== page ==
As the world's third-richest person and most celebrated investor, Warren Buffett attracts a lot of attention. Thousands try to glean what they can from his thinking processes and track his investments.
We can't know for sure whether Buffett is about to buy SUPERVALU
Writing in a recent 10-K, Buffett lays out the qualities he looks for in an investment. In addition to adequate size, proven management, and a reasonable valuation, he demands:
- Consistent earnings power.
- Good returns on equity with limited or no debt.
- Management in place.
- Simple, non-techno-mumbo-jumbo businesses.
Although the company is probably too small for him to literally buy shares of, does SUPERVALU meet Buffett's standards?
1. Earnings power
Buffett is famous for betting on a sure thing. For that reason, he likes to see companies with demonstrated earnings stability.
Let's examine SUPERVALU's earnings and free cash flow history:
Sources: S&P Capital IQ and analyst calculations.
SUPERVALU's free cash flow has fluctuated to some degree, though it's managed to remain profitable over the past several years. The earnings shortfalls in 2009, 2011, and 2012 were largely because of large accounting writedowns. One of the big challenges for the company will be to support its top line in the face of an economic downturn and negative same-store-sales growth.
2. Return on equity and debt
Return on equity is a great metric for measuring both management's effectiveness and the strength of a company's competitive advantage or disadvantage -- a classic Buffett consideration. When considering return on equity, it's important to make sure a company doesn't have an enormous debt burden, because that will skew your calculations and make the company look much more efficient than it is.
SUPERVALU has a negative return on equity due to its negative net income. Over the past five years, it's generated an average free cash flow return on equity of approximately 22%, though it's done so while carrying a sizable debt-to-equity ratio (that's ballooned to nearly 30,000% last year as equity has fallen).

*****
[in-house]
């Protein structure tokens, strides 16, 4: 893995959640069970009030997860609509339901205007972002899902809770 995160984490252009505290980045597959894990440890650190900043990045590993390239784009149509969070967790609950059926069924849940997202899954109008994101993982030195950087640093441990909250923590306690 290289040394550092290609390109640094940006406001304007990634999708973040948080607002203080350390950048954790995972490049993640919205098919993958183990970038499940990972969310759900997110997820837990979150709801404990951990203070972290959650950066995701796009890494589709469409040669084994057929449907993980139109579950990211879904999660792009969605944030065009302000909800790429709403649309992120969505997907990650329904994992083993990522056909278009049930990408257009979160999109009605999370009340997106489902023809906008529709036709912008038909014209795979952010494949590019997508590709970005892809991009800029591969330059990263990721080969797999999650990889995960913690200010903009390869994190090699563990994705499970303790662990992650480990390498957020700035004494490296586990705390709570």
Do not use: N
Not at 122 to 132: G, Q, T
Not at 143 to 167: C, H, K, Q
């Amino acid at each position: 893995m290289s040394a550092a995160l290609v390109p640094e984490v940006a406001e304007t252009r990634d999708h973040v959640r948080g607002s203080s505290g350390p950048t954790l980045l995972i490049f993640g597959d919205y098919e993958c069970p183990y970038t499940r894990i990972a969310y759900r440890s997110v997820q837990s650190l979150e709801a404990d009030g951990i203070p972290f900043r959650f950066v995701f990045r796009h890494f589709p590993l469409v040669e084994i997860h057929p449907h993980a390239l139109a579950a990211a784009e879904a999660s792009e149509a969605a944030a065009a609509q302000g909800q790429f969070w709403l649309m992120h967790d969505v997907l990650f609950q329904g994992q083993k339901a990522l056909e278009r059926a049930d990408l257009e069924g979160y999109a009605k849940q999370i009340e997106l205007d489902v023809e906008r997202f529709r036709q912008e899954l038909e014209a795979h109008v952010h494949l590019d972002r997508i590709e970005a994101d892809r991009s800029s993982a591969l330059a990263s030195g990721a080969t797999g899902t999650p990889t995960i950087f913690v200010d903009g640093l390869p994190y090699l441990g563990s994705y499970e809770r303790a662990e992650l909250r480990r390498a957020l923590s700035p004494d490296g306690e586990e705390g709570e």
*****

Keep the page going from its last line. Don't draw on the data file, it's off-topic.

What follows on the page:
CEO Craig Herkert has only been at the job since 2009, though he's spent three decades in the retail industry, largely working for Wal-Mart.
Grocery stores aren't particularly susceptible to technological disruption, though it's rare for them to develop the sorts of strong competitive advantages Buffett likes to see in businesses.
The Foolish conclusion
So is SUPERVALU a Buffett stock? Not really. Although the company operates in a straightforward industry and the stock could be cheap if its deleveraging turnaround proves successful, the company doesn't particularly exhibit two of the quintessential characteristics of a Buffett investment: consistent or growing earnings and high returns on equity with limited debt. However, you can stay up to speed on SUPERVALU's progress by simply adding it to your stock watchlist. If you don't have one yet, you can create a watchlist of your favorite stocks by clicking here.
Ilan Moscovitz owns shares of SUPERVALU. The Motley Fool owns shares of Wal-Mart Stores and SUPERVALU. Motley Fool newsletter services have recommended buying shares of Wal-Mart Stores. Motley Fool newsletter services have recommended creating a diagonal call position in Wal-Mart Stores. Motley Fool newsletter services have recommended buying calls on SUPERVALU. The Motley Fool has a disclosure policy. We Fools may not all hold the same opinions, but we all believe that considering a diverse range of insights makes us better investors. Try any of our Foolish newsletter services free for 30 days.